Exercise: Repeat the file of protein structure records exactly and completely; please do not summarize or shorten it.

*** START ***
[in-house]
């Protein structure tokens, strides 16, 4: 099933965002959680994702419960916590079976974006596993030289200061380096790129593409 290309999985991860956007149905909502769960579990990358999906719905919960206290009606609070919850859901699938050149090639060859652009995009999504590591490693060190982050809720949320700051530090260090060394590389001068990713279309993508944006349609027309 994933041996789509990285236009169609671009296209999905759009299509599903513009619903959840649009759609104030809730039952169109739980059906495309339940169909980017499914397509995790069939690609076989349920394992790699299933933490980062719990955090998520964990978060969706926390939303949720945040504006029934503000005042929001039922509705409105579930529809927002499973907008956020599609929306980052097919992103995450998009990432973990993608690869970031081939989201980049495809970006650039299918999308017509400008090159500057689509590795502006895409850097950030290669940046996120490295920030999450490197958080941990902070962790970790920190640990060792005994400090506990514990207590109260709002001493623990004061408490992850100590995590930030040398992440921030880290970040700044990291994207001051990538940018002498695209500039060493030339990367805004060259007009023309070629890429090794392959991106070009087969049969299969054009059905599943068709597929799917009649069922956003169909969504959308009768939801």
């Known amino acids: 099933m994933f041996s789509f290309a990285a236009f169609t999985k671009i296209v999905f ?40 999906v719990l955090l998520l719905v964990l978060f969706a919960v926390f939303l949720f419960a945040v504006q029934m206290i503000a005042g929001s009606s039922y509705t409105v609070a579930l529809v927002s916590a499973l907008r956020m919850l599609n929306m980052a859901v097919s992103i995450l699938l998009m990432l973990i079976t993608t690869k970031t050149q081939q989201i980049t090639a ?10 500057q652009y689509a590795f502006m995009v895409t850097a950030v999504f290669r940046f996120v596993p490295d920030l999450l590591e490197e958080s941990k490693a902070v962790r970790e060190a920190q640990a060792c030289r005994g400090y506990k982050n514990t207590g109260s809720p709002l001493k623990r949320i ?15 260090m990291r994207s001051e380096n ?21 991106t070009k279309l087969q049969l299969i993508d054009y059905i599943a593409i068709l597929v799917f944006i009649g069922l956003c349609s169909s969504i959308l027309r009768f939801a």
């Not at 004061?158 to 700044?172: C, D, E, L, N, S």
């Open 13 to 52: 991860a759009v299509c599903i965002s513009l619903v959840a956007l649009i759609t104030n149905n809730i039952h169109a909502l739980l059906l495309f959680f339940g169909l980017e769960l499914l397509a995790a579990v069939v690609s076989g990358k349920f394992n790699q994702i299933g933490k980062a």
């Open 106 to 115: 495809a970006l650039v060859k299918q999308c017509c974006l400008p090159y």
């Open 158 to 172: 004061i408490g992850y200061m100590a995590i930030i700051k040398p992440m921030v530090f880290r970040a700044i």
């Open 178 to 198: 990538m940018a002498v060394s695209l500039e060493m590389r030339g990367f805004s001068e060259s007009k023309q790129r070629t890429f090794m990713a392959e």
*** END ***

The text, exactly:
[in-house]
């Protein structure tokens, strides 16, 4: 099933965002959680994702419960916590079976974006596993030289200061380096790129593409 290309999985991860956007149905909502769960579990990358999906719905919960206290009606609070919850859901699938050149090639060859652009995009999504590591490693060190982050809720949320700051530090260090060394590389001068990713279309993508944006349609027309 994933041996789509990285236009169609671009296209999905759009299509599903513009619903959840649009759609104030809730039952169109739980059906495309339940169909980017499914397509995790069939690609076989349920394992790699299933933490980062719990955090998520964990978060969706926390939303949720945040504006029934503000005042929001039922509705409105579930529809927002499973907008956020599609929306980052097919992103995450998009990432973990993608690869970031081939989201980049495809970006650039299918999308017509400008090159500057689509590795502006895409850097950030290669940046996120490295920030999450490197958080941990902070962790970790920190640990060792005994400090506990514990207590109260709002001493623990004061408490992850100590995590930030040398992440921030880290970040700044990291994207001051990538940018002498695209500039060493030339990367805004060259007009023309070629890429090794392959991106070009087969049969299969054009059905599943068709597929799917009649069922956003169909969504959308009768939801």
């Known amino acids: 099933m994933f041996s789509f290309a990285a236009f169609t999985k671009i296209v999905f ?40 999906v719990l955090l998520l719905v964990l978060f969706a919960v926390f939303l949720f419960a945040v504006q029934m206290i503000a005042g929001s009606s039922y509705t409105v609070a579930l529809v927002s916590a499973l907008r956020m919850l599609n929306m980052a859901v097919s992103i995450l699938l998009m990432l973990i079976t993608t690869k970031t050149q081939q989201i980049t090639a ?10 500057q652009y689509a590795f502006m995009v895409t850097a950030v999504f290669r940046f996120v596993p490295d920030l999450l590591e490197e958080s941990k490693a902070v962790r970790e060190a920190q640990a060792c030289r005994g400090y506990k982050n514990t207590g109260s809720p709002l001493k623990r949320i ?15 260090m990291r994207s001051e380096n ?21 991106t070009k279309l087969q049969l299969i993508d054009y059905i599943a593409i068709l597929v799917f944006i009649g069922l956003c349609s169909s969504i959308l027309r009768f939801a």
């Not at 004061?158 to 700044?172: C, D, E, L, N, S």
């Open 13 to 52: 991860a759009v299509c599903i965002s513009l619903v959840a956007l649009i759609t104030n149905n809730i039952h169109a909502l739980l059906l495309f959680f339940g169909l980017e769960l499914l397509a995790a579990v069939v690609s076989g990358k349920f394992n790699q994702i299933g933490k980062a």
């Open 106 to 115: 495809a970006l650039v060859k299918q999308c017509c974006l400008p090159y």
């Open 158 to 172: 004061i408490g992850y200061m100590a995590i930030i700051k040398p992440m921030v530090f880290r970040a700044i």
């Open 178 to 198: 990538m940018a002498v060394s695209l500039e060493m590389r030339g990367f805004s001068e060259s007009k023309q790129r070629t890429f090794m990713a392959e």